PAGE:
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Sunday, 18 December 2011

And so the actor said to the drummer....

I missed this play when it was broadcast by Radio 4th on 8th Dec 2011, but I subscribe to the BBC's Play of the Week Podcast and thankfully this play was one of their selections and can still be found in the iTunes store - podcats, play of the week, burning both ends. The play tells of the unlikely friendship between actor Oliver Reed and The Who's drummer, Keith Moon. Both men were known for the excessive drinking and bizarre antic.

This play is both a humorous and bitter sweet examination of those days - it's also a study of friendship and was bloody brilliant. Written by Matthew Broughton, and directed by Sam Hoyle. the same team have previously   collaborated  on several radio plays, most recently, Vincent Price and The Horror of The English Blood Beast - a peek behind the scenes of the British cult horror classic, WitchFinder General.

This play is similar to Bloodbeast in that it is a study of bored celebrities - men who have seemingly attained everything but are finding the world in which they live in to be shallow. The play is narrated by Oliver Reed who introduces us to the play by telling us that he is dead which then leads on to a dramatisation of events between Reed and Moon, specifically the mayhem they caused during the filming of Ken Russel's Tommy.

Burning Both Ends, stars Sean Pertwee as Oliver Reed, and Arthur Darvill as Keith Moon.

In the mid-1970s, Oliver was an international movie star, and Keith was a rock n'roll legend, the drummer for rock band, The Who. Both were famous for their partying and boozing, as well as their undeniable talents. Mercurial and unpredictable, both men were at the top of their game - but the top can be a very lonely place.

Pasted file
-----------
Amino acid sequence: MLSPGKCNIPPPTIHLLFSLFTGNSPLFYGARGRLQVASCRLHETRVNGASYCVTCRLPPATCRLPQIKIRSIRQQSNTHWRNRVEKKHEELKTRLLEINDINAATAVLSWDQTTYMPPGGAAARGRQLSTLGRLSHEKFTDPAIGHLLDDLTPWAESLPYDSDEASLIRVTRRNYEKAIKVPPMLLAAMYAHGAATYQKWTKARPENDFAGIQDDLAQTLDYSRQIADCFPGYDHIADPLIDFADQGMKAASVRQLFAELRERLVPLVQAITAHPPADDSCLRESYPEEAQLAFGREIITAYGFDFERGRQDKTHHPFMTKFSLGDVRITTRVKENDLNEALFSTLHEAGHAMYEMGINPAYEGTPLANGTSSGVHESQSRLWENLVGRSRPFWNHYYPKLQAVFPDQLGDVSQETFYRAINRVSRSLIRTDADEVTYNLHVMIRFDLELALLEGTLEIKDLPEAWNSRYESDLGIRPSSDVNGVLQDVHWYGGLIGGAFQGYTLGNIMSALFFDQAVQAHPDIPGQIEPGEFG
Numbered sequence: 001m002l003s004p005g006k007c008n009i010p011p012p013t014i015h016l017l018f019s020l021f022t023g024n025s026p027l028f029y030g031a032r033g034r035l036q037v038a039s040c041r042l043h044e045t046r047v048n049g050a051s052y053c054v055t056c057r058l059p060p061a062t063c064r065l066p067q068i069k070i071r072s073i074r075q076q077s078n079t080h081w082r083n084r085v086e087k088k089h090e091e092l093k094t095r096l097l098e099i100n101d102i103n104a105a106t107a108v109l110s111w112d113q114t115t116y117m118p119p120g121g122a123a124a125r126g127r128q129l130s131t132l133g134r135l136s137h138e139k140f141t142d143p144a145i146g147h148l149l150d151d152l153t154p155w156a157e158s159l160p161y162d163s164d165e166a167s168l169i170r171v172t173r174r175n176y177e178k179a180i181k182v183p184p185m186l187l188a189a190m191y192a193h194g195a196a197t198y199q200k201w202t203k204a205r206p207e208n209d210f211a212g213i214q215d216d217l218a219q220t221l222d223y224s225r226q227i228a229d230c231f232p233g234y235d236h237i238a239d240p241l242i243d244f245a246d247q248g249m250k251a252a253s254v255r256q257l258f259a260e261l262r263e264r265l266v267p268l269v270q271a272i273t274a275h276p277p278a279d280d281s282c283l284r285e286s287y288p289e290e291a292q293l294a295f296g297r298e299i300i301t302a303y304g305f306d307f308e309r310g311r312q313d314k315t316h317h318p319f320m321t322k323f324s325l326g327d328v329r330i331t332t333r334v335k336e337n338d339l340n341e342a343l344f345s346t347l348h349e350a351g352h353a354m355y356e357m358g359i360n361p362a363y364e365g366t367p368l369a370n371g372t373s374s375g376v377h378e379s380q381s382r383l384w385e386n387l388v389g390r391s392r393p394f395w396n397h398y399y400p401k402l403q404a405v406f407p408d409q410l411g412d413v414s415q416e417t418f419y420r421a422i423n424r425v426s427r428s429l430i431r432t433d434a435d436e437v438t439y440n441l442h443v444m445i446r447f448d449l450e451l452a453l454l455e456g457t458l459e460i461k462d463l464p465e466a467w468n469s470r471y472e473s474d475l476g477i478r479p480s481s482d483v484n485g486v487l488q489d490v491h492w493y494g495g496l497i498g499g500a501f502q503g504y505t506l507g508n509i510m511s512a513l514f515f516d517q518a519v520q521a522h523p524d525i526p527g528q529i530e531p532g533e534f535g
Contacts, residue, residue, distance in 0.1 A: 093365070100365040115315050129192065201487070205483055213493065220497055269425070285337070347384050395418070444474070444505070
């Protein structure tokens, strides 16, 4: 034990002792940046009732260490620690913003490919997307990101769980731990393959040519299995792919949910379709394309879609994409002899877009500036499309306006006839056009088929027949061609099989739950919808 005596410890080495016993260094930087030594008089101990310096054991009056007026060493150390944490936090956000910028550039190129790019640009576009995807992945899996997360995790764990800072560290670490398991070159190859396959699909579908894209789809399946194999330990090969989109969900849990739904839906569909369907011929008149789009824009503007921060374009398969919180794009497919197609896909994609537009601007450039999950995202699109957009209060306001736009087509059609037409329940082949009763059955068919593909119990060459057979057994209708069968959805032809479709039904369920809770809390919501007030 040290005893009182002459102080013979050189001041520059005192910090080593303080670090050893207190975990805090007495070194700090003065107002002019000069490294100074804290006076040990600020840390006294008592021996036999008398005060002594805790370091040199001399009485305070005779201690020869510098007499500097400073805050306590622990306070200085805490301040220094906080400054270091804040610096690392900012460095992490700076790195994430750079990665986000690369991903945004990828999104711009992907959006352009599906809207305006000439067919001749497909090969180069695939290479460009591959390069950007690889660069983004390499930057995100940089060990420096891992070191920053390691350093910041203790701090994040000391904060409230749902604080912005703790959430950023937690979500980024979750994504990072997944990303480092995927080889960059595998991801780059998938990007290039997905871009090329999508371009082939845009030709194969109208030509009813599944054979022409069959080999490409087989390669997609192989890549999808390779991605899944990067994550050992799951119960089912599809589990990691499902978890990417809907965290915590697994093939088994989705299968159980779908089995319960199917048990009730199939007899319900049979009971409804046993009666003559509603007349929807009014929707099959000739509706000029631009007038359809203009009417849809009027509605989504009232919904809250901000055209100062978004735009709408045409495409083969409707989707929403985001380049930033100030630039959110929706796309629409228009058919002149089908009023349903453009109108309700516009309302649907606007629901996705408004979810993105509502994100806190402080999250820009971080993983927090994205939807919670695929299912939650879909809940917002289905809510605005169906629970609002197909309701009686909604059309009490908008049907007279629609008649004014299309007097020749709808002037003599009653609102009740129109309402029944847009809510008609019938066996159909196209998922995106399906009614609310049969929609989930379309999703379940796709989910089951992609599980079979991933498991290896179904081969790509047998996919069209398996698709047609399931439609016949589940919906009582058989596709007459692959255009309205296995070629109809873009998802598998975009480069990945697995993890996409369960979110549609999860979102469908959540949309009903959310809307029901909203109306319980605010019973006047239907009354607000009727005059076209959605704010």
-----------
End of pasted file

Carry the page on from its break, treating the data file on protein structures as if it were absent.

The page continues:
Then they met, on the film set of The Who's epic rock opera, Tommy. What followed was a revelation - in each other they found a true kindred spirit, their own shadow image.

This is a story of madness and mayhem, antics and adventures, but also of love and loss - the dangerous, dazzling brilliance of two unbridled spirits connecting, but then the huge pain when one of them dies prematurely.

Recounting the electrifying "bruv-affair" between these two iconic figures, Burning Both Ends is the story of two men who found in each other a true friend, and who loved each other as fiercely as they partied...

Excellent stuff - top marks to BBC Wales who produced the radio play


Davieboy said...

Thanks for the tip-off on this. Have now found it. Two great characters, I'm looking forward to listening.

Gary Dobbs/Jack Martin said...

You'll enjoy this - a very good play.